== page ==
Brain imaging ‘provides valuable information’ in girls with central precocious puberty

medwireNews: More than half of girls with central precocious puberty (CPP) have abnormal findings on magnetic resonance imaging (MRI) of the brain, report researchers.

The study by Mohamad Maghnie (University of Genoa, Italy) and colleagues involved 112 girls, treated in a single specialist centre, who had progressive CPP with onset before the age of 8 years and evaluable MRI.

Just 47 (42.0%) of these girls had completely normal MRI findings, and 46.8% of those with normal findings had a positive family history for early puberty while five had pre-existing conditions including Wilms tumour, Williams syndrome, and rapid-onset obesity with hypothalamic dysfunction, hypoventilation and autonomic dysregulation (ROHHAD syndrome).

A further 54 girls had hypothalamic–pituitary anomalies (HPA) or extra HPA, including 22 with pineal gland cysts, five with inter-hypothalamic adhesions, five with pars intermedia/Rathke cleft cysts, four with nonspecific brain T2 hyperintensities and three with sellar spines, among other findings.

Pre-existing conditions in this group included ROHHAD syndrome in two, and conditions such as narcolepsy and cataplexy, epilepsy, ovarian teratoma and Edwards syndrome, each in one girl.

The researchers stress that 85% of the children with HPA/extra HPA had findings that were “mainly incidental and questionably related to CPP”, although they note that anomalies such as sellar spine and inter-hypothalamic adhesion could have directly influenced puberty progression in these girls.

Eleven girls had brain tumours or tumour-like lesions, comprising six with hypothalamic hamartoma, three with hypothalamic-optochiasmatic glioma, one with non-functioning pituitary macroadenoma and one with craniopharyngioma.

“The association between hypothalamic hamartoma and CPP is well known and has been hypothesized as a possible causal mechanism because of the interference with the regulatory systems of the hypothalamus-pituitary-gonads axis, both excitatory and inhibitory”, say Maghnie and team.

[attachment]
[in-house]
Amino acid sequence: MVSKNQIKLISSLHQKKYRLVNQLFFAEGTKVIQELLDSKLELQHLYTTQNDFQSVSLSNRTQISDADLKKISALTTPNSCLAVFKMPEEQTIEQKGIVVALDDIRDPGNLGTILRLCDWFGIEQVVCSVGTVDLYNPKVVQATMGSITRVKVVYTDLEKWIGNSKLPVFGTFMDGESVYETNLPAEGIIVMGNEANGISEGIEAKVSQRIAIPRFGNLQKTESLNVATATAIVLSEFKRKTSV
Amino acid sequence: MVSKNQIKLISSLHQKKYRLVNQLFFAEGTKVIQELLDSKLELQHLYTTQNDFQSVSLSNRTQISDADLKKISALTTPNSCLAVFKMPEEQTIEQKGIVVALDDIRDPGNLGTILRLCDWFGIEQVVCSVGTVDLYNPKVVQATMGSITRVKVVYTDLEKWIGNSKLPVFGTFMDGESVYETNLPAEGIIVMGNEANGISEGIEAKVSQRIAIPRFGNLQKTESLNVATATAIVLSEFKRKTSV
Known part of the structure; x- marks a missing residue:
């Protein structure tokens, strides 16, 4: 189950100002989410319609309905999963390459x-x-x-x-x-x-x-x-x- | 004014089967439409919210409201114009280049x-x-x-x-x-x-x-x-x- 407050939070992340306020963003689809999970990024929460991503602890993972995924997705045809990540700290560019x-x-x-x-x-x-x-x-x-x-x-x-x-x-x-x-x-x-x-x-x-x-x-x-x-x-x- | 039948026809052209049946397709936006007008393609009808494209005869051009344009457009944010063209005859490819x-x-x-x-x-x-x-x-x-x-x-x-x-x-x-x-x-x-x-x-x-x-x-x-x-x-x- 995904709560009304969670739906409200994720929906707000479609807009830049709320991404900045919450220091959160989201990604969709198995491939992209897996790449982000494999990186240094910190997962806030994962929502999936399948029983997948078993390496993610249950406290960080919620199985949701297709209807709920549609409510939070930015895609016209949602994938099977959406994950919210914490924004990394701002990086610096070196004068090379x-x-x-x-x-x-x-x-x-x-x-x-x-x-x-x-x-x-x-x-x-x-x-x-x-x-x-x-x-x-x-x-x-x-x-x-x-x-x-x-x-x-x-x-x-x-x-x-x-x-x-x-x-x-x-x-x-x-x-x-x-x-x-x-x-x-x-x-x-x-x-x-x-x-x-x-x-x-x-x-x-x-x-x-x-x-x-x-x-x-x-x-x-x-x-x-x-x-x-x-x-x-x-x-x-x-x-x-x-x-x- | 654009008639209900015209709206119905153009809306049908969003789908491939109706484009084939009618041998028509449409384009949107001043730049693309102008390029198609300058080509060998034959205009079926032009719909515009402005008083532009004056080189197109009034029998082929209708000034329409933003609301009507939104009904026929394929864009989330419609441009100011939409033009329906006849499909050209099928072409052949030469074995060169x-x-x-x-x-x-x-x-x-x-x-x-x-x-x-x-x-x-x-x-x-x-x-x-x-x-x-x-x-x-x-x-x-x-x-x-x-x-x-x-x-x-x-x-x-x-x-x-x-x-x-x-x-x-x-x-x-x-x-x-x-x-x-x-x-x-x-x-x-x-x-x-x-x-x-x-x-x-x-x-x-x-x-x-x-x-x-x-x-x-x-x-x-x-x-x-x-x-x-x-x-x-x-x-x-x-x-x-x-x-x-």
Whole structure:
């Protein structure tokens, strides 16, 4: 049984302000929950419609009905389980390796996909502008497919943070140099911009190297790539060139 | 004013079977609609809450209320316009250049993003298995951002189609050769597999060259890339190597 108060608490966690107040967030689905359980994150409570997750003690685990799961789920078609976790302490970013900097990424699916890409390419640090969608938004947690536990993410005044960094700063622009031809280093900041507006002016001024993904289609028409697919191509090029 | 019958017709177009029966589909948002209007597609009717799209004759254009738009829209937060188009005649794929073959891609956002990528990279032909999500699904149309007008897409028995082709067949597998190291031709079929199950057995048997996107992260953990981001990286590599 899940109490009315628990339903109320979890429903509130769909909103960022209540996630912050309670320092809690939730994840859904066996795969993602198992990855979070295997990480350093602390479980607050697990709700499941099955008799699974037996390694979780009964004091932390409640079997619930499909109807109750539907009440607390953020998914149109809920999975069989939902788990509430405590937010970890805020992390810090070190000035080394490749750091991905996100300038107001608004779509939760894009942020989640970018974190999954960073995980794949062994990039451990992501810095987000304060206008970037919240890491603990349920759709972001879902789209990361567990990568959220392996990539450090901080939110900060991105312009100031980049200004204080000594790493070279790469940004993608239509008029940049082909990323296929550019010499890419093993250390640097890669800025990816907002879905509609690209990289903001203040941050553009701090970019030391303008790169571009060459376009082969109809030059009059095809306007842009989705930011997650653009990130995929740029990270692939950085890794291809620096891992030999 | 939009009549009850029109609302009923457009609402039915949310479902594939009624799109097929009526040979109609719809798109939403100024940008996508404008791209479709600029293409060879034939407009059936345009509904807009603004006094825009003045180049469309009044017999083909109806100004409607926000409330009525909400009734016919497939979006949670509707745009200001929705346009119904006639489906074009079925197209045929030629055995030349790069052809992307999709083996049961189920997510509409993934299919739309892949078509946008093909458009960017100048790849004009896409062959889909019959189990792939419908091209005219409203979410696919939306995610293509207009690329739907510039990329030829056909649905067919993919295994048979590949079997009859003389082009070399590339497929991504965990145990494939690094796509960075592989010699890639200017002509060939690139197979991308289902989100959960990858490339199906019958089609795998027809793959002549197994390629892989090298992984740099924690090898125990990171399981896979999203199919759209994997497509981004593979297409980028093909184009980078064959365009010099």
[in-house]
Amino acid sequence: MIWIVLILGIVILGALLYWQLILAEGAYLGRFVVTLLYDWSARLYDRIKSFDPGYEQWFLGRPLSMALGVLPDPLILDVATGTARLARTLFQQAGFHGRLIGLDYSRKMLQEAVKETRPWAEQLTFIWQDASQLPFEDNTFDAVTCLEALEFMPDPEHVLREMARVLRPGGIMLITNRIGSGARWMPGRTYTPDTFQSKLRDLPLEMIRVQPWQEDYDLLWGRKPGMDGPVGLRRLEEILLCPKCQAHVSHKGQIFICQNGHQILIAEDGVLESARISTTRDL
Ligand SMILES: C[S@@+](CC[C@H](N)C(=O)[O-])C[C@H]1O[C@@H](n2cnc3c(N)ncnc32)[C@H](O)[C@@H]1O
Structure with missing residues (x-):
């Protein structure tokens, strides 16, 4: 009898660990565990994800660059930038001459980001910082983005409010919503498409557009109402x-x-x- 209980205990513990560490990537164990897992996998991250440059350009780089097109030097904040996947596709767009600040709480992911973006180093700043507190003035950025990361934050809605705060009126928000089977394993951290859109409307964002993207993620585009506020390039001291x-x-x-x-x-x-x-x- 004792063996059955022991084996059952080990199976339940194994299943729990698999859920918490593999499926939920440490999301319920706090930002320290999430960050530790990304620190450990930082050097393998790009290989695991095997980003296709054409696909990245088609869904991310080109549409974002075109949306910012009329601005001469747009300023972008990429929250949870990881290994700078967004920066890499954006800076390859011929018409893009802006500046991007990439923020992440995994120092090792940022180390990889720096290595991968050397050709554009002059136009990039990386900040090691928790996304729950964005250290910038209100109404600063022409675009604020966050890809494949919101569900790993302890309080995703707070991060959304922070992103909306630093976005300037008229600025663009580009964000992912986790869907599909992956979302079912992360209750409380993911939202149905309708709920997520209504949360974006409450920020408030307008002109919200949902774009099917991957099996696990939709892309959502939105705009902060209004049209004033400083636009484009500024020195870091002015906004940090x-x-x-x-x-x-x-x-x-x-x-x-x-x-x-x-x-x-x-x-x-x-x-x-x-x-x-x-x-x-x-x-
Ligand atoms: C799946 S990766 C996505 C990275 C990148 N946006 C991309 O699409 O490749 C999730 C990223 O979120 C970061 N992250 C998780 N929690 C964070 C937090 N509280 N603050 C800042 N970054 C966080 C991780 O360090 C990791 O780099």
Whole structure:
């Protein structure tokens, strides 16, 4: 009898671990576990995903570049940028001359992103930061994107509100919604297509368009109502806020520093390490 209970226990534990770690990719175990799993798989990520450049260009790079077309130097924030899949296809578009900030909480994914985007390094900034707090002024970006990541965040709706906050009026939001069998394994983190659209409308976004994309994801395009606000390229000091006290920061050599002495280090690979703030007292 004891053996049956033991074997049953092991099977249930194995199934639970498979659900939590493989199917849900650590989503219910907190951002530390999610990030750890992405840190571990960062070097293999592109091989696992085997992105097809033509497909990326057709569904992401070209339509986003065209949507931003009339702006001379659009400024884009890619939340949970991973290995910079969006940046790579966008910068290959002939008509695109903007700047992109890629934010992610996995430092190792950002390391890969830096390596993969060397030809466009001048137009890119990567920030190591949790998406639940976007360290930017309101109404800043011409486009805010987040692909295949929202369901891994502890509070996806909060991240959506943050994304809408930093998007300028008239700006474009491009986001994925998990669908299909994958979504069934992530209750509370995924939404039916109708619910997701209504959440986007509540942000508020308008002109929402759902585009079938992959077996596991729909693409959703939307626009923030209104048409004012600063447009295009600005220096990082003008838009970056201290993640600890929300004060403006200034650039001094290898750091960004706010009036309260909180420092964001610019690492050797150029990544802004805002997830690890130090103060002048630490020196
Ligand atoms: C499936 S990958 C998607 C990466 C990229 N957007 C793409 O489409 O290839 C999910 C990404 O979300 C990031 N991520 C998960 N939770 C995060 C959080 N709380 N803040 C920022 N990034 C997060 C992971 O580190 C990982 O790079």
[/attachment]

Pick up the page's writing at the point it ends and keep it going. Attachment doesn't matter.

There were only a few clinical and endocrine differences between the groups. Maternal age at menarche tended to be higher in girls with brain tumours/tumour-like lesions than in the other groups, and baseline and peak levels of follicle-stimulating hormone and luteinising hormone were also higher in this group. The endocrine differences were mostly restricted to girls with puberty onset before the age of 6 years.

“[O]ur study showed that MRI provides valuable information in girls with precocious puberty by demonstrating that fewer than half have a normal brain MRI”, write the researchers in The Journal of Clinical Endocrinology & Metabolism.

They add: “Whether all or just some selected girls require a brain MRI examination remains debatable; the identification of a number of patients with [central nervous system] lesions in our cohort indicates the difficulty in adopting stringent criteria for neuroimaging examination regardless of clinical, biochemical markers, or age at diagnosis.”

The team concludes: “Close clinical and personalized follow-up for detecting neurological signs is mandatory in girls with rapidly progressive central precocious puberty to avoid late diagnosis of brain tumors/lesions and allow early intervention.”

By Eleanor McDermid

medwireNews is an independent medical news service provided by Springer Healthcare Ltd. © 2022 Springer Healthcare Ltd, part of the Springer Nature Group

Citation(s)
J Clin Endocrinol Metab 2022; doi:10.1210/clinem/dgac422
Martin Savage
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medwireNews is an independent clinical news service provided by Springer Healthcare Limited. © 2022 Springer Healthcare is part of the Springer Nature Group